Valuable Insights From The Most Sustainable Countries In The World

With consumer-driven climate change, it’s critical to use our collective resources to make a positive impact on our planet.
 
There’s no point reinventing the wheel if others are already doing the work to make their country more sustainable.
 
I recognise that the application of these ideas isn’t universal. Every nation has different resources, climates and challenges. But it doesn’t mean we can’t draw inspiration from shared knowledge and experiences.
 
I hope this post reminds us to keep sustainability front of mind when it comes to systemic change. Whether it’s through global policy, or competition to “be the best country in the world”, we need to move with urgency.

 Below I share five valuable insights from the most sustainable countries in the world.
 
Most of these insights are not only applicable at a systemic level but also at an individual level.
 
Note: If you’re more interested in how countries rank against each other when it comes to sustainability, check out the Environmental Performance Index (EPI).

Insight 1 – Switzerland’s approach to wastewater management

It’s hard to talk about sustainability and not address our global water crisis, especially wastewater.
 
Wastewater systems pump micropollutants into our streams and rivers—disrupting the ecosystem.
 
These micropollutants include things like:
  • Human waste
  • Pharmasuaticauls
  • Feminine products
  • Beauty
  • Toxic chemicals from cosmetics and cleaning products
  • Plastic
  • Pesticides from agricultural activities
Switzerland is a pioneer when it comes to preserving water quality. They solve wastewater problems through the National Surface Water Quality Monitoring Programme. They’re also aggressive in their expansion of wastewater plants across the country.
 
Wastewater plants are responsible for filtering out micropollutants, and turning it into useable consumable water, while also limiting the amount of wastewater going back into rivers and streams.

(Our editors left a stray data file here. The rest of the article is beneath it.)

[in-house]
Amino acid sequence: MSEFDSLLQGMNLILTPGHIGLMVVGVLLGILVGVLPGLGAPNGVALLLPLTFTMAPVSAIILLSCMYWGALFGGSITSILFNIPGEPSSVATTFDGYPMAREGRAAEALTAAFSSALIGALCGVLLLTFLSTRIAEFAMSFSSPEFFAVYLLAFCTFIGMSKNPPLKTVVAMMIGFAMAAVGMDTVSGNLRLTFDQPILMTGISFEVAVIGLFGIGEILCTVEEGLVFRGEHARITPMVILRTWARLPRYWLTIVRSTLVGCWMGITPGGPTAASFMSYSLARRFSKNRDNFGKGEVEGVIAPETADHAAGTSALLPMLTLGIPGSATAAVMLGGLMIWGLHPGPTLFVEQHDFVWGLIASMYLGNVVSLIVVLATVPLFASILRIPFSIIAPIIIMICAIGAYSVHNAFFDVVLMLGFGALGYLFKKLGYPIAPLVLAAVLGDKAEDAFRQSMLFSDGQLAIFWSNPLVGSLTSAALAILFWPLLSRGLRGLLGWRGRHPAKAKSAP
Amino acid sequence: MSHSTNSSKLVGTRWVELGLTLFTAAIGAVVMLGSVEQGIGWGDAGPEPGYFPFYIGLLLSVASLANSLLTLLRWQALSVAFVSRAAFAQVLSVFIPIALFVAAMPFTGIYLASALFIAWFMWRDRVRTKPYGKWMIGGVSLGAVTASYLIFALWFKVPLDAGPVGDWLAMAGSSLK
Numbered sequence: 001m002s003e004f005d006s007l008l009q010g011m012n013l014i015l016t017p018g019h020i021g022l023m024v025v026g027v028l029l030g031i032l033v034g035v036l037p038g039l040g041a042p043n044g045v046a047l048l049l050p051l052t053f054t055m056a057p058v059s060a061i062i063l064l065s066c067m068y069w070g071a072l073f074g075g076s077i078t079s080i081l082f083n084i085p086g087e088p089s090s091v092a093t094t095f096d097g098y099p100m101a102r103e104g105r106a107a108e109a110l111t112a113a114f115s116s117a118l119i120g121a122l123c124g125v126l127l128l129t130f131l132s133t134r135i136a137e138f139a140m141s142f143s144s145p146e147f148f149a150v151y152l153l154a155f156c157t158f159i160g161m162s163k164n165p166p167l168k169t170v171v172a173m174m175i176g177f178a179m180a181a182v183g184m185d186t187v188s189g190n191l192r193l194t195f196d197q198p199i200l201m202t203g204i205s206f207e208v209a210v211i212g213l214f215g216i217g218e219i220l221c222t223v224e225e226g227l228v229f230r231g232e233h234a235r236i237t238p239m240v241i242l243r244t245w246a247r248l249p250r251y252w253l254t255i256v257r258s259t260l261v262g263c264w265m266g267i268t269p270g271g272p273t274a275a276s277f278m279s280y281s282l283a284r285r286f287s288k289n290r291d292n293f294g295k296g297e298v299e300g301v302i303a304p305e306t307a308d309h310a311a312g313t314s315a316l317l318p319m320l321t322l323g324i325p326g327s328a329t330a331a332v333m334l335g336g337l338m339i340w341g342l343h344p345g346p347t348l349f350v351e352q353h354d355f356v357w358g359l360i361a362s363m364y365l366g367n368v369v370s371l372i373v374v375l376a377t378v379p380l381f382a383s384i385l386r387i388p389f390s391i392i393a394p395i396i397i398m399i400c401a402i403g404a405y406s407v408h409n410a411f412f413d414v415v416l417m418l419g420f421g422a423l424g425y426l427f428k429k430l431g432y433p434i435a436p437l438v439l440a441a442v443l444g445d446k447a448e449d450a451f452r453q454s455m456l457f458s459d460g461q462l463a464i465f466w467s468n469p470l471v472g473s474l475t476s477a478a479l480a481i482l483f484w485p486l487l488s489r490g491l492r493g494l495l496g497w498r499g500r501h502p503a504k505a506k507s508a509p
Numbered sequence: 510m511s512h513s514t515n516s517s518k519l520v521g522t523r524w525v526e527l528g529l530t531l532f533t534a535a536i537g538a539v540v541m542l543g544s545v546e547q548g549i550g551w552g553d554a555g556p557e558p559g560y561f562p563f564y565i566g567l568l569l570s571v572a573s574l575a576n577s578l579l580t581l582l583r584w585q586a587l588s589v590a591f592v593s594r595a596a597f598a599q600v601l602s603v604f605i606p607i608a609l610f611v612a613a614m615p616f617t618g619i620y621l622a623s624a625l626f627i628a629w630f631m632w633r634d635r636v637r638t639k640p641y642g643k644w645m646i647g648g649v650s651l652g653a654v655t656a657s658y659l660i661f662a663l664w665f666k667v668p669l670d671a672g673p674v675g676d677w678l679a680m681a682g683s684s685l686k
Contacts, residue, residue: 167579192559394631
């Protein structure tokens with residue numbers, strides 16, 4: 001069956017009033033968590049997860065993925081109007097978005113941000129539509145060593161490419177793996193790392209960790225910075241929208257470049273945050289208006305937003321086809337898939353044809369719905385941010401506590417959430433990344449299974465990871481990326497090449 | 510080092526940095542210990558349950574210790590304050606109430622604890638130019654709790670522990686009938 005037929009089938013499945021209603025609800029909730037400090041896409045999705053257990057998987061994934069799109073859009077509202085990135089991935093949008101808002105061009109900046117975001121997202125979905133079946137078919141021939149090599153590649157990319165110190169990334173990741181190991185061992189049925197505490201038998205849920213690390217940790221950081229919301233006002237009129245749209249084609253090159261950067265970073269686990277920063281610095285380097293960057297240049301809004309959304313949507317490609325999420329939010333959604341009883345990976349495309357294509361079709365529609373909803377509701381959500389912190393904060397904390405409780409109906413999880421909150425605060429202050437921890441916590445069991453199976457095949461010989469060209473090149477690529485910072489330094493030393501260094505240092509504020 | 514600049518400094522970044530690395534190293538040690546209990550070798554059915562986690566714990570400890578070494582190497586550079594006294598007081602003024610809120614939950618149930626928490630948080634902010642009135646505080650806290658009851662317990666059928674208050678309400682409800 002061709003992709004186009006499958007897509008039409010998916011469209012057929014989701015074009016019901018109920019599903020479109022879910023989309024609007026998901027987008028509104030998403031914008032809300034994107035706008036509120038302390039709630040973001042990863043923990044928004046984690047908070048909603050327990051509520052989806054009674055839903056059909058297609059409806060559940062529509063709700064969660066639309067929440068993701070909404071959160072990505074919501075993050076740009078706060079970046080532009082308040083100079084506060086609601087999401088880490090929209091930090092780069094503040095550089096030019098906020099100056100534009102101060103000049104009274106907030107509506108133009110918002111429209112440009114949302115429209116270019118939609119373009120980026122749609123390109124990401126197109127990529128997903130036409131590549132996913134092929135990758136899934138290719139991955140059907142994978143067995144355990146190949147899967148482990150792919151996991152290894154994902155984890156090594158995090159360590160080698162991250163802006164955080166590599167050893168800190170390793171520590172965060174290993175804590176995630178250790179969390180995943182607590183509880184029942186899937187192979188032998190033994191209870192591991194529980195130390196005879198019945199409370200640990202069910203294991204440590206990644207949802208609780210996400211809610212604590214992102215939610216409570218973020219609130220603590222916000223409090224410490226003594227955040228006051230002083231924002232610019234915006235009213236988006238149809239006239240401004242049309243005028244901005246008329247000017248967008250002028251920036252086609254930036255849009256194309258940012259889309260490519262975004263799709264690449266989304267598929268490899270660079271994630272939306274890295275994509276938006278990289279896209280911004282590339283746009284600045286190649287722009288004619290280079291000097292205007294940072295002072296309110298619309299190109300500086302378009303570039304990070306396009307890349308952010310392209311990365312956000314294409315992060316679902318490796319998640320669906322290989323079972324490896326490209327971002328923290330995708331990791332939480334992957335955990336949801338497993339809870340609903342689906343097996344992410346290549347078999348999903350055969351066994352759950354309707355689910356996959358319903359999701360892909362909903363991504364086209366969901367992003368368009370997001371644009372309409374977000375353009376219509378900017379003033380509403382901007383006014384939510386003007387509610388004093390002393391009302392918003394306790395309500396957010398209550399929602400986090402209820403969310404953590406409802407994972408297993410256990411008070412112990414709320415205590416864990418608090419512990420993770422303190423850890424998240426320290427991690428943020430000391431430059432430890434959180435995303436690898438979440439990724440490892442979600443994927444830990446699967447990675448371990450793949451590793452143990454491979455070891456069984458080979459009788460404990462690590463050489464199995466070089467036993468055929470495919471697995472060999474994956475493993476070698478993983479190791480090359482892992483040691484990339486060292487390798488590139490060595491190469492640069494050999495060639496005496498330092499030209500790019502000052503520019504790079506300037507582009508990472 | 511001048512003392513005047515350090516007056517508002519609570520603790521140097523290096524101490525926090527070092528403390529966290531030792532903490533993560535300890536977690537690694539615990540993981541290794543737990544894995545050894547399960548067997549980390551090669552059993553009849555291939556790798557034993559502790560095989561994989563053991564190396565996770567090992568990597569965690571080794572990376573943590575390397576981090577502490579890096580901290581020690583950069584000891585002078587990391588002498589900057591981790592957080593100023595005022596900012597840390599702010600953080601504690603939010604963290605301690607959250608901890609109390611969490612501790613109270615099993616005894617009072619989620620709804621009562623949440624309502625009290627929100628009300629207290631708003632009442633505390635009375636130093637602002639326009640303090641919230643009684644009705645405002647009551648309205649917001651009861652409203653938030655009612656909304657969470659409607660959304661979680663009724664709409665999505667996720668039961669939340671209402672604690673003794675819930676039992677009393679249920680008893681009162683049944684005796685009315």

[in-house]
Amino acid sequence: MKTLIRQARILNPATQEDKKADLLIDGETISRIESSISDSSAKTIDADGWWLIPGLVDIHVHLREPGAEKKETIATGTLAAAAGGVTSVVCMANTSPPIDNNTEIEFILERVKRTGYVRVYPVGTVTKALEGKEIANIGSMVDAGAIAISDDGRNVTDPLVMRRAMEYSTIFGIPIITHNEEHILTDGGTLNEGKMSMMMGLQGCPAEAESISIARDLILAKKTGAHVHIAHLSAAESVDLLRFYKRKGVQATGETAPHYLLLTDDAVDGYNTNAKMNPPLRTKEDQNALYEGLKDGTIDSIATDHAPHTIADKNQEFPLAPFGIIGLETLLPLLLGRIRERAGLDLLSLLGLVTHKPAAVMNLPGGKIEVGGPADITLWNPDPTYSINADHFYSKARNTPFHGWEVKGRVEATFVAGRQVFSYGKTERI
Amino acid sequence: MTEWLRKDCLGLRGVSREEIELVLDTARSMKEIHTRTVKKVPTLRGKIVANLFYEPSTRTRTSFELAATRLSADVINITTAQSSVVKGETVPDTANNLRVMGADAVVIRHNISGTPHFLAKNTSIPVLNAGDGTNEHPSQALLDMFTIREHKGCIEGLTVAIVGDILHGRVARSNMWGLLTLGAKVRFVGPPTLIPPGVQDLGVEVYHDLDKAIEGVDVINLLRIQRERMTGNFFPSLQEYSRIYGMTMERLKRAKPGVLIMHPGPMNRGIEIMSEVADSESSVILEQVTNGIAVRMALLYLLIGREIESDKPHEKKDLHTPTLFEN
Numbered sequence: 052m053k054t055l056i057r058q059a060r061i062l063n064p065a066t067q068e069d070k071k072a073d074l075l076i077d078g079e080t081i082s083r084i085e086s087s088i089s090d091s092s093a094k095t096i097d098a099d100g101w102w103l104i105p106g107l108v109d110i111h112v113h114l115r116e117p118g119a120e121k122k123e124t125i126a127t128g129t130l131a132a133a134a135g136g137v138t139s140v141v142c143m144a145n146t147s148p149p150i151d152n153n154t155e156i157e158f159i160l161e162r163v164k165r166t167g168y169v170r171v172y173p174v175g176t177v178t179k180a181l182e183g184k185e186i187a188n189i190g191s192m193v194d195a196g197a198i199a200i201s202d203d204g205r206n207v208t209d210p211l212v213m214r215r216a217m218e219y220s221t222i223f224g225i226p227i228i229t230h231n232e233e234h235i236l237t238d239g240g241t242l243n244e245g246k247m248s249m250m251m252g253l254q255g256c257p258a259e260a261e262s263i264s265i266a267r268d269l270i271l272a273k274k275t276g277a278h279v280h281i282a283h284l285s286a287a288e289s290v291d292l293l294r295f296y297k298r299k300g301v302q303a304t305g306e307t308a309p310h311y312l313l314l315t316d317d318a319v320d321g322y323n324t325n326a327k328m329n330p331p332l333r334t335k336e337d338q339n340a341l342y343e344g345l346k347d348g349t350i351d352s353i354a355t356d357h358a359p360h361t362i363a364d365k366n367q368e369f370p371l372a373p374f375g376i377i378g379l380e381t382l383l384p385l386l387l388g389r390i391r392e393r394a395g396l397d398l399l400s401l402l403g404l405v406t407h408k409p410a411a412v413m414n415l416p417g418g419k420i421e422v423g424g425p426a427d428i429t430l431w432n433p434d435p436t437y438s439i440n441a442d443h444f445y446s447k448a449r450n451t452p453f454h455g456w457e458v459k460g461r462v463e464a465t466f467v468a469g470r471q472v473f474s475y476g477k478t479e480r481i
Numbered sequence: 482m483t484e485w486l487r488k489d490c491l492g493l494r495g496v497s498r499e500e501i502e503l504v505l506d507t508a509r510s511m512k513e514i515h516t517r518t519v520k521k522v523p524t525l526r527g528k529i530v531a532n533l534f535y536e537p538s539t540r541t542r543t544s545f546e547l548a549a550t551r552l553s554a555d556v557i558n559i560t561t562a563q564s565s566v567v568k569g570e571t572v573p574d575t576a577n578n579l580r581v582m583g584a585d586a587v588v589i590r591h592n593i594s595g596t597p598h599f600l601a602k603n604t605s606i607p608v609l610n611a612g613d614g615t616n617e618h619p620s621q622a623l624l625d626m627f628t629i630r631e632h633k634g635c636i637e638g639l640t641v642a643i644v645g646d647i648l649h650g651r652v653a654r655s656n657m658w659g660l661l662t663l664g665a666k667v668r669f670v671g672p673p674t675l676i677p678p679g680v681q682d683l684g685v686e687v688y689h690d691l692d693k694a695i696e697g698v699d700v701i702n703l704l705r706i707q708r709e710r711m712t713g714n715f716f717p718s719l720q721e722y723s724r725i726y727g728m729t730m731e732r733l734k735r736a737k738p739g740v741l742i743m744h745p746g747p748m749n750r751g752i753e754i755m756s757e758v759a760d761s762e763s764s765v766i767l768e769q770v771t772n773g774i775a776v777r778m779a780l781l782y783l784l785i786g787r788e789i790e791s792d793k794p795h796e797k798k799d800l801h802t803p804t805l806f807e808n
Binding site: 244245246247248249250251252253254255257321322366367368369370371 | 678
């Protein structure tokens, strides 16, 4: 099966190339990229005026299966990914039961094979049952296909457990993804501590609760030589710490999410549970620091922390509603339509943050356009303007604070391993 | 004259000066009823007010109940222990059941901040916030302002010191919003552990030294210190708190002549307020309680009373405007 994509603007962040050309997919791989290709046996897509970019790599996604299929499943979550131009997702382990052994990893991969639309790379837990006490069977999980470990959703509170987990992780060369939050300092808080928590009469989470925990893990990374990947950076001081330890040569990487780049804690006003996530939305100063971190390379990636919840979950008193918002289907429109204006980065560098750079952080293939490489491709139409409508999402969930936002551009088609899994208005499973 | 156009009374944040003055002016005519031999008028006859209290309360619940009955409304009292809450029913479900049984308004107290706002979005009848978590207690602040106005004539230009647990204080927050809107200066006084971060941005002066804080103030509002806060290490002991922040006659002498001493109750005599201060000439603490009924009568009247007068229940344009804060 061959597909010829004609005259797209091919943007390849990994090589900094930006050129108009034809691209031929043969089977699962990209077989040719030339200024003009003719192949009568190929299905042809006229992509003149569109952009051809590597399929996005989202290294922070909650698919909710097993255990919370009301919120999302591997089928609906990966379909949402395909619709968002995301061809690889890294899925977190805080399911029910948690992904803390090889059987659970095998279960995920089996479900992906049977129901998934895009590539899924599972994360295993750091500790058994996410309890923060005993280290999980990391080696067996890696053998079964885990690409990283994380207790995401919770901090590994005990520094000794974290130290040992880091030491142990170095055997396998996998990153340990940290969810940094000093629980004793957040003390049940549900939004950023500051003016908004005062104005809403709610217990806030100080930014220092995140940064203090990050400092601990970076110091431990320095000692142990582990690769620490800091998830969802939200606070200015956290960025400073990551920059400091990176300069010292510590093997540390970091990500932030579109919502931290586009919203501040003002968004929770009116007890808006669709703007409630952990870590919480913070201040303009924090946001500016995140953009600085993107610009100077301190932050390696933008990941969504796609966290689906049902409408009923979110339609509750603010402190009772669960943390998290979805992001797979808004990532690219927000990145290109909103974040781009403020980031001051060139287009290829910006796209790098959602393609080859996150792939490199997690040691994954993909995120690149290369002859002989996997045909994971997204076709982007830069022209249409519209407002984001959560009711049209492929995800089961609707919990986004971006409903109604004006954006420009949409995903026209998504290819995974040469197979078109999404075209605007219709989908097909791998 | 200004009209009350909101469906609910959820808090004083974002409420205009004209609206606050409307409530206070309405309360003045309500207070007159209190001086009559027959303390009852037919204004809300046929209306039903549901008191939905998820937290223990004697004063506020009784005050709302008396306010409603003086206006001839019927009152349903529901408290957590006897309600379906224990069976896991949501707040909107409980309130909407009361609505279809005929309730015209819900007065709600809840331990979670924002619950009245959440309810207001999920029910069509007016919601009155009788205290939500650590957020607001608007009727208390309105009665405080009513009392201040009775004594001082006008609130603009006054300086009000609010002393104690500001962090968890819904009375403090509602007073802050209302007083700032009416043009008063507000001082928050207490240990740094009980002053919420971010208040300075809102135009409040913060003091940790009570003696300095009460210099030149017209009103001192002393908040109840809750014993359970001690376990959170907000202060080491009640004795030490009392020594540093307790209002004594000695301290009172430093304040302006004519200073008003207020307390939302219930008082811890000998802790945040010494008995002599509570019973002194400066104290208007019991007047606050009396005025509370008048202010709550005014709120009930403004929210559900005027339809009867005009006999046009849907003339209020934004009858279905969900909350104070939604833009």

Establishing a network of quality of wastewater plants is a massive undertaking for any country. Yet, Switzerland has made it a priority, and are starting to see results.
 

Results from Switzerland’s wastewater implementation

In 1967, wastewater treatment was written into Swiss law. Formalising legislation shows that water quality has been a priority for many decades.

The Swiss followed through on their laws by building wastewater plants across the country. Creating access to more plants ensures high connection rates to their residents.

There are approximately 900 wastewater treatment plants across Switzerland. As of 2005, 97% of the Swiss population was connected to a sewage treatment plant.

Key takeaway: prioritise water preservation through legislation and research. Also, build wastewater treatment plants across the country. We can measure the results by tracking the percentage of residents connected to treatment plants, as well as the percentage of waste going into nature.

What can we do at an individual level? Limit our use of micropollutants in our daily lives.

Insight 2 – How the French address fashion waste

Big-name fashion brands have been incinerating unused inventory in an attempt to uphold scarcity.

Yes, you read that correctly.

Brands like Burberry dare to light 40 million dollars worth of product on fire. Even after considering all the resources and waste from producing their products in the first place!

Read more: The True Cost of a $10 Garment

Luckily, the growing population of mindful consumers are challenging fashion brands to move to more sustainable practices.

Deadstock waste comes from overproducing garments—miss calculating trends and forecasts.

France is a global leader in high-end fashion. According to Forbes, $730 million of unsold stock is destroyed each year!

So the French created a groundbreaking law to ban designer clothing and luxury goods brands from destroying unsold or returned items.

The bill requires producers, importers and distributors, including online firms such as Amazon, to donate unsold non-food goods except those that pose a health or safety risk.

Also, part of the bill encourages brands to be more transparent about the resources used to make their products. This includes the estimated lifespan of products to help consumers make better decisions at the point of sale.

Key takeaway: write legislation to make retailers reuse or recycle unused products to reduce waste. Challenge companies to use clear labelling about the sustainability of their products. We can measure results by tracking the percentage of remaining inventory saved within a given period.